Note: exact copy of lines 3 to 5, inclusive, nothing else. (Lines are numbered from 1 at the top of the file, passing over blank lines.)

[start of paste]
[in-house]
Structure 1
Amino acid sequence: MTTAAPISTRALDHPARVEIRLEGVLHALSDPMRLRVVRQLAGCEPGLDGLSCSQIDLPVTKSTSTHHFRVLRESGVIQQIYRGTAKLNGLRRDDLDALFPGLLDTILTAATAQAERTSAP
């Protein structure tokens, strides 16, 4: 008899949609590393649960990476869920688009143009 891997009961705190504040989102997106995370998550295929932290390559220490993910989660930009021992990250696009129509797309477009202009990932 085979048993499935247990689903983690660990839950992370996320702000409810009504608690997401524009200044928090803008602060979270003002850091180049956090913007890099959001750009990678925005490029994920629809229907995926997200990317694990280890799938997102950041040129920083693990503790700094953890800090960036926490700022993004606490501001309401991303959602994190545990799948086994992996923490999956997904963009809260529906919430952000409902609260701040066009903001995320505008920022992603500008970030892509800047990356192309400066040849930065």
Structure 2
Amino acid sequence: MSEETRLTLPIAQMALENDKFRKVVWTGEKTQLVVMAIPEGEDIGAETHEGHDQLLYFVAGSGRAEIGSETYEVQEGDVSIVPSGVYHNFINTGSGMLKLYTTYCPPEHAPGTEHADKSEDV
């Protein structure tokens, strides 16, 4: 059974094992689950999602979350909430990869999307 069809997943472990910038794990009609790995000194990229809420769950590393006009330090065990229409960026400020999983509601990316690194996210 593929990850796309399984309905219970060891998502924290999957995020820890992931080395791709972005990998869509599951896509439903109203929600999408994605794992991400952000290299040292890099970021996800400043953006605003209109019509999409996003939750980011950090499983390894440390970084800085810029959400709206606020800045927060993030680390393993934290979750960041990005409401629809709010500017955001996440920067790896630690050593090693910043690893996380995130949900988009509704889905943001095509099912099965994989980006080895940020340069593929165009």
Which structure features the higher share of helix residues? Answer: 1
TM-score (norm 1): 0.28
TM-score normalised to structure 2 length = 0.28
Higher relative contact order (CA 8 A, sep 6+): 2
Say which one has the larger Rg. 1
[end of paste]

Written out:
Amino acid sequence: MTTAAPISTRALDHPARVEIRLEGVLHALSDPMRLRVVRQLAGCEPGLDGLSCSQIDLPVTKSTSTHHFRVLRESGVIQQIYRGTAKLNGLRRDDLDALFPGLLDTILTAATAQAERTSAP
């Protein structure tokens, strides 16, 4: 008899949609590393649960990476869920688009143009 891997009961705190504040989102997106995370998550295929932290390559220490993910989660930009021992990250696009129509797309477009202009990932 085979048993499935247990689903983690660990839950992370996320702000409810009504608690997401524009200044928090803008602060979270003002850091180049956090913007890099959001750009990678925005490029994920629809229907995926997200990317694990280890799938997102950041040129920083693990503790700094953890800090960036926490700022993004606490501001309401991303959602994190545990799948086994992996923490999956997904963009809260529906919430952000409902609260701040066009903001995320505008920022992603500008970030892509800047990356192309400066040849930065």
Structure 2